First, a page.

Friday, October 15, 2010

Night of the Vampire

One of my favorite contemporary horror novels in the sixties—partly because it was so rare a treat to find *any* new vampire novels in the stores then, several years before the explosion of vampire literature in the 1970s—was NIGHT OF THE VAMPIRE (1969), a paperback by Raymond Giles. The protagonist, Roxanne, has inherited the curse of lycanthropy. Her husband, Duffy, a psychiatrist, naturally scoffs at the label "Wolf Girl" their old neighbors hung on her and thinks the problem is all in her mind, although therapy hasn't made much progress. Roxanne and Duffy return to their childhood home, the backwoods town of Sanscoeurville. They don't know, although the reader does, that they've been summoned home by a Satanist coven led by Lily, who as a teenager had been the object of Duffy's carelessly corrupting attentions. As a result, she has become a minion of the Devil. Roxanne and Duffy become entangled in a series of murders committed by the coven members, who drink blood and transform themselves into giant bats. Lily almost manages to convince the townspeople and Roxanne herself that Roxanne is the killer. The vampire dimension of the plot remains in the background until nearly the end, but the payoff is worth the wait. Not only do we get to watch Lily and her followers subject Duffy to the punishment he deserves, we see Roxanne finally embrace her destiny as the last of the Sanscoeur werewolves. NIGHT OF THE VAMPIRE is a true horror story; evil may be brought to justice, but at dire cost. Although the giant bats may sound a little over the top, in revisiting the novel I still think Giles pulls it off pretty well. I guarantee Duffy's fate in the last chapter will leave a strong impression on you.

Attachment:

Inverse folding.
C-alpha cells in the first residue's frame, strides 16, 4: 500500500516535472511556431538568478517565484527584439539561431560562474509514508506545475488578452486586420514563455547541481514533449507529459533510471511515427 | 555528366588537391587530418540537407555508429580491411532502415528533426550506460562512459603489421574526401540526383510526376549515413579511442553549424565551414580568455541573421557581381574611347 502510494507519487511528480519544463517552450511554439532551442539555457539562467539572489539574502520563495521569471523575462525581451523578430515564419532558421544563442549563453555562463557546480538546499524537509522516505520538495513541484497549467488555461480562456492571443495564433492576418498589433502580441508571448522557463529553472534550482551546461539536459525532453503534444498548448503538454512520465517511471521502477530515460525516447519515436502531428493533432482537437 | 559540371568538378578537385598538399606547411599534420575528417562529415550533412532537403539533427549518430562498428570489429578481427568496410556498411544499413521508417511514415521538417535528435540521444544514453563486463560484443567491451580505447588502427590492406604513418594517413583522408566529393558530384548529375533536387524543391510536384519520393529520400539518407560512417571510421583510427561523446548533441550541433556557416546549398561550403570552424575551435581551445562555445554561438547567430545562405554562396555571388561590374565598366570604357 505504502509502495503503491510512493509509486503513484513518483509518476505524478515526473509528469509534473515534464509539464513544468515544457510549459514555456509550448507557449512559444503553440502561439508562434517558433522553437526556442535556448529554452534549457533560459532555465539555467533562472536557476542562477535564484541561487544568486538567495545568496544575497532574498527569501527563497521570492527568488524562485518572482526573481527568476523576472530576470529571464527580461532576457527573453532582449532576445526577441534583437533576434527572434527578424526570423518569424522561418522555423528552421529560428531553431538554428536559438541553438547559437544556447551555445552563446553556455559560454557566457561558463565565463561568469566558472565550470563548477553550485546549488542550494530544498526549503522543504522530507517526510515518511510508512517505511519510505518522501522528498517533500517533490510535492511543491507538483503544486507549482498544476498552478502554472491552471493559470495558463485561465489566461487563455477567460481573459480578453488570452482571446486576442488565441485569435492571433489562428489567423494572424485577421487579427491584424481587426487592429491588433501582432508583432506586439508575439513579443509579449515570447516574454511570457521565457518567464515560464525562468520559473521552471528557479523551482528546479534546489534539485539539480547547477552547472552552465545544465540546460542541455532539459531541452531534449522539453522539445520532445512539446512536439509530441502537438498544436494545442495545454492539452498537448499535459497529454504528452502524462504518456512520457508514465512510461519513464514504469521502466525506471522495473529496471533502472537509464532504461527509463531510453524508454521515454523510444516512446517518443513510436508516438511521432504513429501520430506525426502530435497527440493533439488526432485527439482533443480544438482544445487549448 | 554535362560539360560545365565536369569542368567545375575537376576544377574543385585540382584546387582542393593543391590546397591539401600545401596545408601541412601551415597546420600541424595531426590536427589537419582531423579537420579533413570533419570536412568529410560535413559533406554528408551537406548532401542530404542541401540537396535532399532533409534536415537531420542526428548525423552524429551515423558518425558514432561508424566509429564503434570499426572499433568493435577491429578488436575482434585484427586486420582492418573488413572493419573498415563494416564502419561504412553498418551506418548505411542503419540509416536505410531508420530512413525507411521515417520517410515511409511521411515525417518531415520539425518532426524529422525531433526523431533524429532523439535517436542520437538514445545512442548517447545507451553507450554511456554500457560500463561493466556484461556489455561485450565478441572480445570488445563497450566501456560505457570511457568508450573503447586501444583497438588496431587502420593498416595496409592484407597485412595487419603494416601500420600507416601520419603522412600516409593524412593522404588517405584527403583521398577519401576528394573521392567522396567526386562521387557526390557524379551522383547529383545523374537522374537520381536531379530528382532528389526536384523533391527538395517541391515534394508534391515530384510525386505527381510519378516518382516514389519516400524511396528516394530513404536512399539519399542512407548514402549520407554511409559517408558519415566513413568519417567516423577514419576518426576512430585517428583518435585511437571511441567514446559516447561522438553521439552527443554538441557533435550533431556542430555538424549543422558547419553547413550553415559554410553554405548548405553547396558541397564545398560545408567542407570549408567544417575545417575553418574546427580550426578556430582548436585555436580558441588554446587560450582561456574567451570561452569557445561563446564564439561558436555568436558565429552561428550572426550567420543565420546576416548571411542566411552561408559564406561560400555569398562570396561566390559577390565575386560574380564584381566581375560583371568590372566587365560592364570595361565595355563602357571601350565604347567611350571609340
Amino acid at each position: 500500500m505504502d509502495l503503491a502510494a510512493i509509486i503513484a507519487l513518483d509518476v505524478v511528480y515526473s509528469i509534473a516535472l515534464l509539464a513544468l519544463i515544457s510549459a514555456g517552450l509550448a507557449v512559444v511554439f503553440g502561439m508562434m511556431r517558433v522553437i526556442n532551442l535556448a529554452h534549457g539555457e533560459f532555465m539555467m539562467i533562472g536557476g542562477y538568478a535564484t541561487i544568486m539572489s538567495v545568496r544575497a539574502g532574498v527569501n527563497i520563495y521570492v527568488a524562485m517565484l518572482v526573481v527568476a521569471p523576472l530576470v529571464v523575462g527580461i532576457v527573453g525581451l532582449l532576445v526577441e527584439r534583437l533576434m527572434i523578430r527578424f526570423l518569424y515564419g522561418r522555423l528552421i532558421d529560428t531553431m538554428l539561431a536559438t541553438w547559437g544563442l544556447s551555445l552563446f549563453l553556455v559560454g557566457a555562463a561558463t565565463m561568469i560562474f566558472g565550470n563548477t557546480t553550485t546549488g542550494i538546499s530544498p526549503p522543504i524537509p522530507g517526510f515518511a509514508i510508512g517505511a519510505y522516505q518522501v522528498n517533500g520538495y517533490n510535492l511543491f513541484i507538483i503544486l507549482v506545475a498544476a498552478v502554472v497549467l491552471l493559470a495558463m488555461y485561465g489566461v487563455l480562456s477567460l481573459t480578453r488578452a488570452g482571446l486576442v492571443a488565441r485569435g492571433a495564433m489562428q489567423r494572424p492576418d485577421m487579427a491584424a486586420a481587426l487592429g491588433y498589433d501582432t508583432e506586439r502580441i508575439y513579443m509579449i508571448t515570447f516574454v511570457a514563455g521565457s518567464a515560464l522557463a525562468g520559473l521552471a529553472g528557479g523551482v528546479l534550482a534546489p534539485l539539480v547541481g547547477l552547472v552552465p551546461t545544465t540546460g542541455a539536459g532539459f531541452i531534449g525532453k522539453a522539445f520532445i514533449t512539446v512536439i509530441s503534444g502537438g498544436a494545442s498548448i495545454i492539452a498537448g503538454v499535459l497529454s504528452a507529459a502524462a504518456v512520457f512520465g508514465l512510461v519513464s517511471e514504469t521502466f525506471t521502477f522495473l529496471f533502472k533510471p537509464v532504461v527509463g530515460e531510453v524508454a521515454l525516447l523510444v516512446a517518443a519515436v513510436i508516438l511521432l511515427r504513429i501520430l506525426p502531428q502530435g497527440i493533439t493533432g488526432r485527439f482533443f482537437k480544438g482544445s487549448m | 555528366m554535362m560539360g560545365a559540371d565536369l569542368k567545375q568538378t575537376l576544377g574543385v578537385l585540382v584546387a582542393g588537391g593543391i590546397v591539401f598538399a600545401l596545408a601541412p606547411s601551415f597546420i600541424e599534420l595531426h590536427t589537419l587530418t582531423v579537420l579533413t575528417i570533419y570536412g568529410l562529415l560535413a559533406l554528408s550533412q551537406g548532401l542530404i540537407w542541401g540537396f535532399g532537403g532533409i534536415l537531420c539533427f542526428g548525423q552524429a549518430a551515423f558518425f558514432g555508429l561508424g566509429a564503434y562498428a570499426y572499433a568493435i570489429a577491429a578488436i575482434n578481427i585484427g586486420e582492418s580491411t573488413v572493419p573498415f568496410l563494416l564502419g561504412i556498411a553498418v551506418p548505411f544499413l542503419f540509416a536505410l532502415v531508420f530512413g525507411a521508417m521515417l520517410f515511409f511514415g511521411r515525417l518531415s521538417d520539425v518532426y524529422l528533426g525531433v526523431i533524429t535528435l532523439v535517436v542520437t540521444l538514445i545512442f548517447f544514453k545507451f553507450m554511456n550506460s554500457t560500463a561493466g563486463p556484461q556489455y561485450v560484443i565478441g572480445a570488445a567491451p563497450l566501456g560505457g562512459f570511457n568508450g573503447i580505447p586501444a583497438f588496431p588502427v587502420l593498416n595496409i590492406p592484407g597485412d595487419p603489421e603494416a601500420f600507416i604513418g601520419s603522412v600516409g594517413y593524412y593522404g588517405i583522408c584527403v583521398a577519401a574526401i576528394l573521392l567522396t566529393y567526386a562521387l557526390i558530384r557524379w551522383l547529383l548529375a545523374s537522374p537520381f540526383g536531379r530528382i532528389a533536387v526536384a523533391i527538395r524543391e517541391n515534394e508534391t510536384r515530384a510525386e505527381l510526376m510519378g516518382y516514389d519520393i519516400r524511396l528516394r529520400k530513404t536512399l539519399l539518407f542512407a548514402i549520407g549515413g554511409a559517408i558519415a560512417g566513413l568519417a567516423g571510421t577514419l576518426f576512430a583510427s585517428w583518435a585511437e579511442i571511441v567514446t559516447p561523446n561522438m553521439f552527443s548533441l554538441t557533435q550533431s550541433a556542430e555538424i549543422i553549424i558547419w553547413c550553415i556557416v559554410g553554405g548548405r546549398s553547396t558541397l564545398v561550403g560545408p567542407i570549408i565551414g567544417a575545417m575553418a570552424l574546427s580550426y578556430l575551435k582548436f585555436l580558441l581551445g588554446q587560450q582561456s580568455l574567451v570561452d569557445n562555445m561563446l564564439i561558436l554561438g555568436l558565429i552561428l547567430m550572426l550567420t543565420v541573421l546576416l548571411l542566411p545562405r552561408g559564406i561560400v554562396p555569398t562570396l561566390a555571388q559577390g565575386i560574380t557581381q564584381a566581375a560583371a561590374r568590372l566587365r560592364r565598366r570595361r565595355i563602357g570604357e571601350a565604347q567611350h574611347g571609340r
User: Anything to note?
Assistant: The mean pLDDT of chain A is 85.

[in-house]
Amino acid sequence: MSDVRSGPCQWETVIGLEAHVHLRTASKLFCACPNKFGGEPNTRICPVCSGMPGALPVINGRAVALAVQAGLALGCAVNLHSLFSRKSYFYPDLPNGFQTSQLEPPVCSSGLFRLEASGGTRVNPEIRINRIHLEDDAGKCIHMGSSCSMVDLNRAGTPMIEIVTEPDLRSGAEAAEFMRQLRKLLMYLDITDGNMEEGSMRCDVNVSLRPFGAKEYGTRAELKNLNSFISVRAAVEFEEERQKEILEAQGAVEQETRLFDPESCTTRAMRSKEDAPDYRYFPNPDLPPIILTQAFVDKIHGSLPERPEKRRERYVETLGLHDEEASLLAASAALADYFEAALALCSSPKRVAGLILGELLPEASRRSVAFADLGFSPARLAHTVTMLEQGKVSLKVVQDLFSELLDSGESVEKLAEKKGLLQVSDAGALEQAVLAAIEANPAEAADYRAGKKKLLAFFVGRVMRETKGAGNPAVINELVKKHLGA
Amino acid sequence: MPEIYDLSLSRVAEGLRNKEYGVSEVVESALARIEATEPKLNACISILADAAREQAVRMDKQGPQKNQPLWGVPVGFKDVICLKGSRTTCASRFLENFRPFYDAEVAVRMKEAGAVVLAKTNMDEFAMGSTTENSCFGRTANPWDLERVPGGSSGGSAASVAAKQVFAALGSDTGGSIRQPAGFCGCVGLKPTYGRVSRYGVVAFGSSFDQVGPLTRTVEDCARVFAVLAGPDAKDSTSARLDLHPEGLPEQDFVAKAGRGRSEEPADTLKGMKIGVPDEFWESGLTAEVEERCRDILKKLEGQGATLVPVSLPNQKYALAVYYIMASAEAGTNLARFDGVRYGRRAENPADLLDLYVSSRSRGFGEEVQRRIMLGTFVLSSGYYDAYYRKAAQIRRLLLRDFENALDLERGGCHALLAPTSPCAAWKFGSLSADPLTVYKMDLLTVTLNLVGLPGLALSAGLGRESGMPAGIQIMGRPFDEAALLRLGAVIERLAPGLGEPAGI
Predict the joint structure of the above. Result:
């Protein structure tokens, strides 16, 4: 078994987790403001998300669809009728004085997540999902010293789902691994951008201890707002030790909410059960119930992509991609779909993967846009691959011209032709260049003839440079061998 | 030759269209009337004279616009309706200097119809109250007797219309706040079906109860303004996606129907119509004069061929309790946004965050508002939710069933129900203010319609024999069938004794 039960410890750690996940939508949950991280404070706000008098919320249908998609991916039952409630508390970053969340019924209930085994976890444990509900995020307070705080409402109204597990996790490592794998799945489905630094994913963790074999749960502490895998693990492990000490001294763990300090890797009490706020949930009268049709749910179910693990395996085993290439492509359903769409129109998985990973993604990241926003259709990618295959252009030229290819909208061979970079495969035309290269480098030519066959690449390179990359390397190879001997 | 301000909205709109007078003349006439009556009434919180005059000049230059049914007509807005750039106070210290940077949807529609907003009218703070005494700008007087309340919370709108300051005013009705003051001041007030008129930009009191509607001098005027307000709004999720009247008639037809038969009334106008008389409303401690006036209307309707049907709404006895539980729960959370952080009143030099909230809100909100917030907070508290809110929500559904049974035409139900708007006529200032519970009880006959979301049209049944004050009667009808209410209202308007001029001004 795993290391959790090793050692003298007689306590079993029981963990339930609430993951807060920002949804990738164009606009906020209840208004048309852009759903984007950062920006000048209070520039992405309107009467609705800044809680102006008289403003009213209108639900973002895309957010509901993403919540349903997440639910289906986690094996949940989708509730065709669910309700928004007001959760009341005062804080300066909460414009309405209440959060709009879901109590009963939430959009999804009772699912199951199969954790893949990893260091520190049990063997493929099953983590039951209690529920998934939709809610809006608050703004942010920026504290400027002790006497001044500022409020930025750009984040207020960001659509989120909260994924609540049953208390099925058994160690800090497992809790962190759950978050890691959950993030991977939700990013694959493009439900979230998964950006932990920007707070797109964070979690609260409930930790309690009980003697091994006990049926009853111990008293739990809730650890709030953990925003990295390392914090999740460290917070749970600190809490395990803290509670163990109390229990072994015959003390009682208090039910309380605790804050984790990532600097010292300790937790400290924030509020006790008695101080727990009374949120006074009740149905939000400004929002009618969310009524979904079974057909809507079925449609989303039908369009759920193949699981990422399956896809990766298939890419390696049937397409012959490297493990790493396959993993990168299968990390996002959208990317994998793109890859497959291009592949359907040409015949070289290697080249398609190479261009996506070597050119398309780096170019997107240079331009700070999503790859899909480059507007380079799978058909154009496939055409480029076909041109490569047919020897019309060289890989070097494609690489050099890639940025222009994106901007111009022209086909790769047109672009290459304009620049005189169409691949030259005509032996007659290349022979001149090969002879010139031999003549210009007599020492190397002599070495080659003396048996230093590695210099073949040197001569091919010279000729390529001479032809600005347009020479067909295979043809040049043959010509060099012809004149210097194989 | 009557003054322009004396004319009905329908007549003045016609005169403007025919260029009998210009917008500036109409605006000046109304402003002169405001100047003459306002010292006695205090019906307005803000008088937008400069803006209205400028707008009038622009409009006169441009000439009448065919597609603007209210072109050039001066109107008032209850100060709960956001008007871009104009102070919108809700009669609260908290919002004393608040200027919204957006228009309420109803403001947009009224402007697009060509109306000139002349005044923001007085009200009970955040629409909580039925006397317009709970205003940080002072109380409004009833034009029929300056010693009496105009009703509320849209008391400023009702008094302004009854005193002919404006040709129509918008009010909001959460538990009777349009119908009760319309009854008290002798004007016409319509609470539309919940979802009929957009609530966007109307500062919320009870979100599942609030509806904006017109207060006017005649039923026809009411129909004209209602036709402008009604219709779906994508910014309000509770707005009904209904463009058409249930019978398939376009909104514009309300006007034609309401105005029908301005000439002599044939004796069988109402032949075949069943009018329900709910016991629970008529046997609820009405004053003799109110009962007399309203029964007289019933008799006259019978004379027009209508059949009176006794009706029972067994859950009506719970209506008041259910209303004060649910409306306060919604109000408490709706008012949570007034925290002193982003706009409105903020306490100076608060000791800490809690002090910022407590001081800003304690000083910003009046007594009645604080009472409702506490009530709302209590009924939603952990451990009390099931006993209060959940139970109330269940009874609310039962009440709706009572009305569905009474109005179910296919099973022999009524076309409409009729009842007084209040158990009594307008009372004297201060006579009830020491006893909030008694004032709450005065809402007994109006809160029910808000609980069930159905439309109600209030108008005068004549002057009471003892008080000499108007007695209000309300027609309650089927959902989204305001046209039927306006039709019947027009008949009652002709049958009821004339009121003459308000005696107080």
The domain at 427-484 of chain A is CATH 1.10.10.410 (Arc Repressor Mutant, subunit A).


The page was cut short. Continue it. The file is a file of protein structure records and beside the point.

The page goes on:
Roxanne's struggle with her lupine self's craving for transformation and blood is vividly described. It's easy to sympathize with her emotional agony, especially when she has to deal with her patronizing and not quite faithful husband. She's my favorite type of paranormal character, one who doesn't fully understand her own nature and must learn the truth to survive. Duffy regards the Satanist rites he and the other proto-coven members invented in their teens as nothing but obscene, childish playacting, a youthful indiscretion he shouldn't have to worry about as a mature adult with a solid professional career. The haunting call "Come back to Sanscoeur" epitomizes the weight of the past looming over the characters in the present, one of my favorite fictional themes. I'm also a great fan of small towns with dark secrets, and we find an abundance of those in Sanscoeurville. The flashbacks enticingly unveil the layers of horror bit by bit through both Roxanne's and Duffy's memories. NIGHT OF THE VAMPIRE may not be great literature, but it's bloody good fun.

Margaret L. Carter
Carter's Crypt

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